My father left his native Toritto as an infant in his mother’s arms in 1909. With his young parents and grandmother, he sailed for Ellis Island in steerage. The family said that in those bleak times in Puglia, they had survived by eating the wild greens that grew in the fields where they had toiled. Although he returned to Italy many times as an adult, especially to the Carrara quarries to buy marble for his shop in America, my father never went back to where he was born. What kindled his memory was the food he was raised on. His favorite was pasta with beans or chick-peas. He insisted that my mother cook the bitter greens—cicoria (dandelion greens) and cime di rapa (broccoli rabe)—which the emigrants grew in their gardens or occasionally managed to find in Italian markets.
Despite a lifetime of traveling Italy’s far corners and byways, something has also kept me away. Last month, some six years after my father’s passing at nearly 100, I decided it was time for me to feel Toritto’s dirt under my feet.
I made a stop in what seemed like a desolate town and then headed for the countryside where I knew my family of poor sharecroppers was bound to have lived.
Following a dirt road out of town into what seemed like a maze of endless olive groves, I saw a lone man tending a garden and stopped to talk to him.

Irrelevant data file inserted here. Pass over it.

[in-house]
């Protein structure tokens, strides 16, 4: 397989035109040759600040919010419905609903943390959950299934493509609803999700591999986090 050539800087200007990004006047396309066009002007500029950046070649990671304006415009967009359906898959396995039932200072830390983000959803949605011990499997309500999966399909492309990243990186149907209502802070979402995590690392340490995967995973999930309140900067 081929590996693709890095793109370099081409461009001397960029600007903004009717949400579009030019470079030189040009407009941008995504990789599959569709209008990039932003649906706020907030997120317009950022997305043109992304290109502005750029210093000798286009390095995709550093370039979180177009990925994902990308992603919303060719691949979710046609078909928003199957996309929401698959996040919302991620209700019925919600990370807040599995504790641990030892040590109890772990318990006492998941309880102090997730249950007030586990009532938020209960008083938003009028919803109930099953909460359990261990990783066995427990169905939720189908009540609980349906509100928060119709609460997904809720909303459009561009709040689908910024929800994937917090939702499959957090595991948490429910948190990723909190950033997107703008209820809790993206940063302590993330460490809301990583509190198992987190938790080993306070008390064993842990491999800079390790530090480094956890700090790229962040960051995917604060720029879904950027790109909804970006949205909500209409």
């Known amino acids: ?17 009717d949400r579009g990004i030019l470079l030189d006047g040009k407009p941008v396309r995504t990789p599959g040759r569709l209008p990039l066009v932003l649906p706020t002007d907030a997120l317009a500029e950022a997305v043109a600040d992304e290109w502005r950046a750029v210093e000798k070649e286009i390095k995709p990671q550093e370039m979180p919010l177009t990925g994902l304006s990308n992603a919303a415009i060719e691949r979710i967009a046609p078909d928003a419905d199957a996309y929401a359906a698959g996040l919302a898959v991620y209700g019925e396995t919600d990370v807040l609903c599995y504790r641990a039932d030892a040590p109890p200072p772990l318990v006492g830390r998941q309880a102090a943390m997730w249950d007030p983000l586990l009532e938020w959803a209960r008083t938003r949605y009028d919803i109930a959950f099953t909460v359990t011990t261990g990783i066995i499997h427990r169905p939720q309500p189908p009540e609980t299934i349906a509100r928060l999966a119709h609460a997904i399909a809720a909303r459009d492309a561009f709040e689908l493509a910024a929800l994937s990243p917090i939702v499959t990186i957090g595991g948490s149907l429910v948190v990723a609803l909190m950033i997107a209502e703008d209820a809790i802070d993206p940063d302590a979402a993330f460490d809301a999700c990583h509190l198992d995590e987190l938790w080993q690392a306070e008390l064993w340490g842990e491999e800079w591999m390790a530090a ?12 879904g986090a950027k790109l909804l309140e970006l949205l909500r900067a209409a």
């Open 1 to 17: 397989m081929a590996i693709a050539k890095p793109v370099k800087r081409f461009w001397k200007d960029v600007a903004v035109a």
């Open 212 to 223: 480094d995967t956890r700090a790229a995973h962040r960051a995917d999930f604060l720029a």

His face read familiar, and his vernacular, too. His house, a simple tower without running water or power, made of stone retrieved from a nearby ruin, was surrounded by cherry, almond, and olive trees, artichoke fields in bloom, vegetable patches, and fields of the cicoria and cime di rapa that my father adored.
He invited us in to the tower, a work in progress—there was no roof yet; the garden is where he really lives.
I ate fistfuls of cherries and mulberries, roasted almonds that we smashed with stones to open, accepted bouquets of artichokes, and was soon, too soon, on my way.
Antonio Bartolomeo is the gardener’s name and he sends me messages from my father’s land now and then, like this one, in time for Father’s Day. Have a happy one.